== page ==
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Mayor Says That Healthy People Should Still Be Dining Out

“If you’re not sick, you should be going about your life,” Bill de Blasio said Wednesday

Mayor De Blasio COVID-19 Press Conference
Mayor Bill de Blasio at a press conference on March 5
Photo by EuropaNewswire/Gado/Getty Images

People should still be going out to eat at restaurants, Mayor Bill de Blasio said in a press conference about the new coronavirus on Wednesday — emphasizing that the virus “does not transmit through food and drink.”

A week into the first confirmed COVID-19 cases in New York City, restaurateurs across the city say they’re already seeing reservation cancellations, while four huge dim sum restaurants in Sunset Park have closed in response to dropping sales as more people limit public outings.

In response to a question about how the city would help curb the economic impact, the mayor mentioned new no-interest loans for small businesses that experience a 25 percent decline or more due to new coronavirus. He also said that they’re “telling people to not avoid restaurants, not avoid normal things that people do.”

“If you’re not sick, you should be going about your life,” the mayor said.

Vulnerable individuals, such as the elderly and people with preexisting health conditions, are being encouraged to avoid large gatherings, while everybody is suggested to avoid overcrowding, such as the subway at rush hour. All are being encouraged to stay home if they are sick and to take precautions such as washing hands and limiting face-touching. The disease is transmitted through the “respiratory droplets” and the eyes, nose, and mouth, and it can stay on surfaces but is easily killed by hand-washing and alcohol-based sanitizers.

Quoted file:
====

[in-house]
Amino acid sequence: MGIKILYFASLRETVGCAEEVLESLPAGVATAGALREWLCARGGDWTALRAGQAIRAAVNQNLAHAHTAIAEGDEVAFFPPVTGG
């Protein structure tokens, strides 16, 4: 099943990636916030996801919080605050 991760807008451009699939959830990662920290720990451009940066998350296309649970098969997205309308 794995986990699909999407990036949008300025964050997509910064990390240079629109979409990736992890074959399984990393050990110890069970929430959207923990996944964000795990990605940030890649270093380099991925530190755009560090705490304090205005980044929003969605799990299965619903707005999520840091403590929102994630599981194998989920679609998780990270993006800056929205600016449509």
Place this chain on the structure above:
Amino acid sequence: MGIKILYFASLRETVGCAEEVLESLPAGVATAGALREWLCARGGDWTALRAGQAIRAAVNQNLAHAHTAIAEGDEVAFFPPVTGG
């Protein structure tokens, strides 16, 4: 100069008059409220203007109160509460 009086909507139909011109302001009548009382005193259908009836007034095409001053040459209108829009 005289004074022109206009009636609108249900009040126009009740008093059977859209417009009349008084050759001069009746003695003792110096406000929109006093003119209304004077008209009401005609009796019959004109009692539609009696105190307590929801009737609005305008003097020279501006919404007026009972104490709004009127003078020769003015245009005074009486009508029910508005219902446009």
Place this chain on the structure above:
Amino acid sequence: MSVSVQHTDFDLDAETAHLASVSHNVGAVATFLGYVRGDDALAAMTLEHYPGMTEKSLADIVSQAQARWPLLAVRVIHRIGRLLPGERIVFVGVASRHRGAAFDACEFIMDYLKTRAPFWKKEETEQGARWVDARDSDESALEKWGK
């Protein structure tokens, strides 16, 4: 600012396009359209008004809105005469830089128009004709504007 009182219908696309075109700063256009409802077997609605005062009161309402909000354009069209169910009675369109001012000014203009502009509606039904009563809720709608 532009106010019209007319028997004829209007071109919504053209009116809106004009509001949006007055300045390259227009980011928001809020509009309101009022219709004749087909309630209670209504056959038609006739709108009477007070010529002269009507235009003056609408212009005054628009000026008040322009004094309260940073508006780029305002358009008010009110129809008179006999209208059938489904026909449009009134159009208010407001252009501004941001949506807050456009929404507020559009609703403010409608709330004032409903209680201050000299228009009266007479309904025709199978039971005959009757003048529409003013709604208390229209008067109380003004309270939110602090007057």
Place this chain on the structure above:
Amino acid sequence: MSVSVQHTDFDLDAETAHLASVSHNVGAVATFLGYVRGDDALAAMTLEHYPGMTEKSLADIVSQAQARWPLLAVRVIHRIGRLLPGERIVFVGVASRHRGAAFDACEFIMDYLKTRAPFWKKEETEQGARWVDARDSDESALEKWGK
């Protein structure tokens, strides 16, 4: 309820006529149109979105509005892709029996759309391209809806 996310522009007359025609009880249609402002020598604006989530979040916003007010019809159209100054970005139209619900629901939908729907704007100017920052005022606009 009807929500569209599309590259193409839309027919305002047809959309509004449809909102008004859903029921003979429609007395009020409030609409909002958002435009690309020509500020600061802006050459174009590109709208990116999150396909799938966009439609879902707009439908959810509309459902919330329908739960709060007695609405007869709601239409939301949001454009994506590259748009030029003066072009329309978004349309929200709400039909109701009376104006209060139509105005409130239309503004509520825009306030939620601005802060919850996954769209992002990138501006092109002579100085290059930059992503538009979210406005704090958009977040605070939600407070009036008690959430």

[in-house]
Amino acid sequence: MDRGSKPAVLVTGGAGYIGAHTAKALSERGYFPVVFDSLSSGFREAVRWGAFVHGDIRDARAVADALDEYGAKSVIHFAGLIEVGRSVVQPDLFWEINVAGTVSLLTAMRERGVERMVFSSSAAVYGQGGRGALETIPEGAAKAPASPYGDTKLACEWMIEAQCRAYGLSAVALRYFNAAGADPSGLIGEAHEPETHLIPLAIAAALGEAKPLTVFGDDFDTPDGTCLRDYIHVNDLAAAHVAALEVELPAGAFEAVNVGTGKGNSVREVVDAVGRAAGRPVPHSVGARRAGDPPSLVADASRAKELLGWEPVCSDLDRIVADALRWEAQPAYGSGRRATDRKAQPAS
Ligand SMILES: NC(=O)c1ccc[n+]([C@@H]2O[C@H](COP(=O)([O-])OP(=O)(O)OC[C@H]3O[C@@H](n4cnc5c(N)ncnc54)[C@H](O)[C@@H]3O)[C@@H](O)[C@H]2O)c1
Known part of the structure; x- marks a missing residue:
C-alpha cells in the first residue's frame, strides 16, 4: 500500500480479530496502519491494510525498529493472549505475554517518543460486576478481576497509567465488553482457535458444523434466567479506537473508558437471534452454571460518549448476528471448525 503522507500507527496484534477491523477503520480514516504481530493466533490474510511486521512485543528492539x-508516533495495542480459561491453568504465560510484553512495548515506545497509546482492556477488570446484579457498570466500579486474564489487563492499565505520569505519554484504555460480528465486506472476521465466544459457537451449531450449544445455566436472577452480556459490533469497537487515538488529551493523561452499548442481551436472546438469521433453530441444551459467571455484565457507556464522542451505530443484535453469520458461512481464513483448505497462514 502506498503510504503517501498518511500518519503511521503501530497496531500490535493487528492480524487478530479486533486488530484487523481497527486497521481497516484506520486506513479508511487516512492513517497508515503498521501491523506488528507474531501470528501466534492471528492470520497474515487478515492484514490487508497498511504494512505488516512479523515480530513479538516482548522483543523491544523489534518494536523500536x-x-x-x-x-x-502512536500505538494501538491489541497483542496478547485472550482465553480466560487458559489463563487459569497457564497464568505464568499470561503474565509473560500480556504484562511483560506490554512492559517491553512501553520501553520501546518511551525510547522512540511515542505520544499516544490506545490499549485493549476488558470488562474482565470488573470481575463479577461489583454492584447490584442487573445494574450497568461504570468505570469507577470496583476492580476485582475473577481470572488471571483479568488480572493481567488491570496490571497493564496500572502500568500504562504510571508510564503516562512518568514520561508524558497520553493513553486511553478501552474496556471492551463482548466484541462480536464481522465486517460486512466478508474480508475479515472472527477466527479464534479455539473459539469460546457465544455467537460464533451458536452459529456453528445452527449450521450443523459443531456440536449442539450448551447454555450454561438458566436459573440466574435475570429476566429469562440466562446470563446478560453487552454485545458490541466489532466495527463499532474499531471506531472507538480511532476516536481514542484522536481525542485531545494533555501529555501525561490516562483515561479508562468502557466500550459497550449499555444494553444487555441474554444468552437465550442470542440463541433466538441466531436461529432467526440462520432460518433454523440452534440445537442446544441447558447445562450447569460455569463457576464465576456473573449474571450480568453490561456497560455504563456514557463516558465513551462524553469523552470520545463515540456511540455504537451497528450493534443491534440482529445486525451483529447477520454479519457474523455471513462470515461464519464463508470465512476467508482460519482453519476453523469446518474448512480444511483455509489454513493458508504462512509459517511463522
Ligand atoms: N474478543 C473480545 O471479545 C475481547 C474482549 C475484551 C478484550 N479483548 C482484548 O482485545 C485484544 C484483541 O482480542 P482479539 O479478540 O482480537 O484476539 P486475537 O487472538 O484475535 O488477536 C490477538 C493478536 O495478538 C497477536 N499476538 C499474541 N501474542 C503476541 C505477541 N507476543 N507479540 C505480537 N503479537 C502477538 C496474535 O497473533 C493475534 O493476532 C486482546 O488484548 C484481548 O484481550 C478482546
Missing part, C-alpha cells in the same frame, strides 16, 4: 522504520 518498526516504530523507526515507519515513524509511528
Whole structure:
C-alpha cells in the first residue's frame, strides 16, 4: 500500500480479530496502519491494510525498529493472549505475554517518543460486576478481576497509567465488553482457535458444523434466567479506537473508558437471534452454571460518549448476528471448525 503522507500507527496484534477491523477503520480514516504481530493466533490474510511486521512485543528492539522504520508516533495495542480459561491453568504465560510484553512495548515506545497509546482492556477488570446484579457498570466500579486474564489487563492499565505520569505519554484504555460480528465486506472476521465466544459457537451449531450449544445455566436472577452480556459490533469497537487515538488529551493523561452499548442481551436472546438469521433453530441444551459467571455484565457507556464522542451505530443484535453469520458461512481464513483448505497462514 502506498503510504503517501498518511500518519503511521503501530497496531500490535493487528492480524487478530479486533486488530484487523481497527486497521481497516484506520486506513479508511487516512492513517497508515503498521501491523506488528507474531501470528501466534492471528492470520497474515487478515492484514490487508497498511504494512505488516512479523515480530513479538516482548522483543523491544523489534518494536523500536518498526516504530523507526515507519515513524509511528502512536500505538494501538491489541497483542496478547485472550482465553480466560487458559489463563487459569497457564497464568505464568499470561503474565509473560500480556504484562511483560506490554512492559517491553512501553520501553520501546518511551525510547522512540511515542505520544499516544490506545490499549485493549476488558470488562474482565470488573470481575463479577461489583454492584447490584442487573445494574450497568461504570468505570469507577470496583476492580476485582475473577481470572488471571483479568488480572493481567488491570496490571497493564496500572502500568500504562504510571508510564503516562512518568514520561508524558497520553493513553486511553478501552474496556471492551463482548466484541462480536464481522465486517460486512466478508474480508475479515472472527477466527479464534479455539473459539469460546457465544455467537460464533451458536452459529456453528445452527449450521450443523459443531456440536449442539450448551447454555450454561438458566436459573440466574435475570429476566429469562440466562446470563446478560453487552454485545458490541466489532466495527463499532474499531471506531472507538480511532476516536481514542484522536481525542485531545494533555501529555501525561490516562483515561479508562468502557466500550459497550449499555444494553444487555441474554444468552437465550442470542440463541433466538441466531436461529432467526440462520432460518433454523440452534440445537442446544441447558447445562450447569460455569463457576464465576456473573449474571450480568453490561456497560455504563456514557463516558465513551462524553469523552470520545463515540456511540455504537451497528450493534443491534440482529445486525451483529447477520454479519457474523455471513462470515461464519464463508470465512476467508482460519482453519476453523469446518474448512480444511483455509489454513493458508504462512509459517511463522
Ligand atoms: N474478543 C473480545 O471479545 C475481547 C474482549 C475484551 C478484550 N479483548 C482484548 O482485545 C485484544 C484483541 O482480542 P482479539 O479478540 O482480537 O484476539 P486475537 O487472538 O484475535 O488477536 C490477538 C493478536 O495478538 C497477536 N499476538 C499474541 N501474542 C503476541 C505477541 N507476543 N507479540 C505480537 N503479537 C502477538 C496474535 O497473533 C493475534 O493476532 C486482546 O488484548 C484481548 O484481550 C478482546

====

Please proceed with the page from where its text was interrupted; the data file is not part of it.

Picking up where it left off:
NYC now has 53 confirmed novel coronavirus cases, up from 19 on Monday, and as the numbers grow, some schools are closing, events are canceling, and corporate offices are asking their staffers to work from home if possible. Economically, it’s most dramatically impacting restaurants in Chinatowns and restaurants that cater conferences and events.

But the mayor emphasized that officials are trying to be careful about cancellations of services such as school or asking that businesses close down, saying that people losing their livelihoods also will have a huge impact. “We’re trying to strike a balance,” he said.

“If we get to the point where any particular type of activity needs to be suspended, we can do that voluntarily with the organizations or we can mandate it,” de Blasio said. “We are doing this day-by-day, hour-by-hour.”

Elsewhere in the country, officials are recommending “social distancing” to protect help prevent the spread of the virus.

Though the majority of people who test positive will experience only mild symptoms, the elderly and people with preexisting conditions are particularly at risk, and uncertainty around how long the public health crisis will last is inciting confusion and fear. The city’s biggest Chinatowns have faced huge declines in sales for weeks as a result, and the Greater Flushing Chamber of Commerce’s head has said that the government needs to start treating it the same they would a natural disaster.

Meanwhile, restaurants are taking extra measures such as multiple deep cleanings a day, more disinfectant napkins, and even providing more sick leave for employees, like at Union Square Hospitality Group, especially as concerns rise that workers in the service industry may not be able to afford taking unpaid leave.

De Blasio added that they would try to support the businesses that are suffering, and that he’s hoping that the federal government will also provide assistance. “I hope they can hang on,” he said, adding that the new coronavirus would ultimately only be an issue for “a finite amount of time.”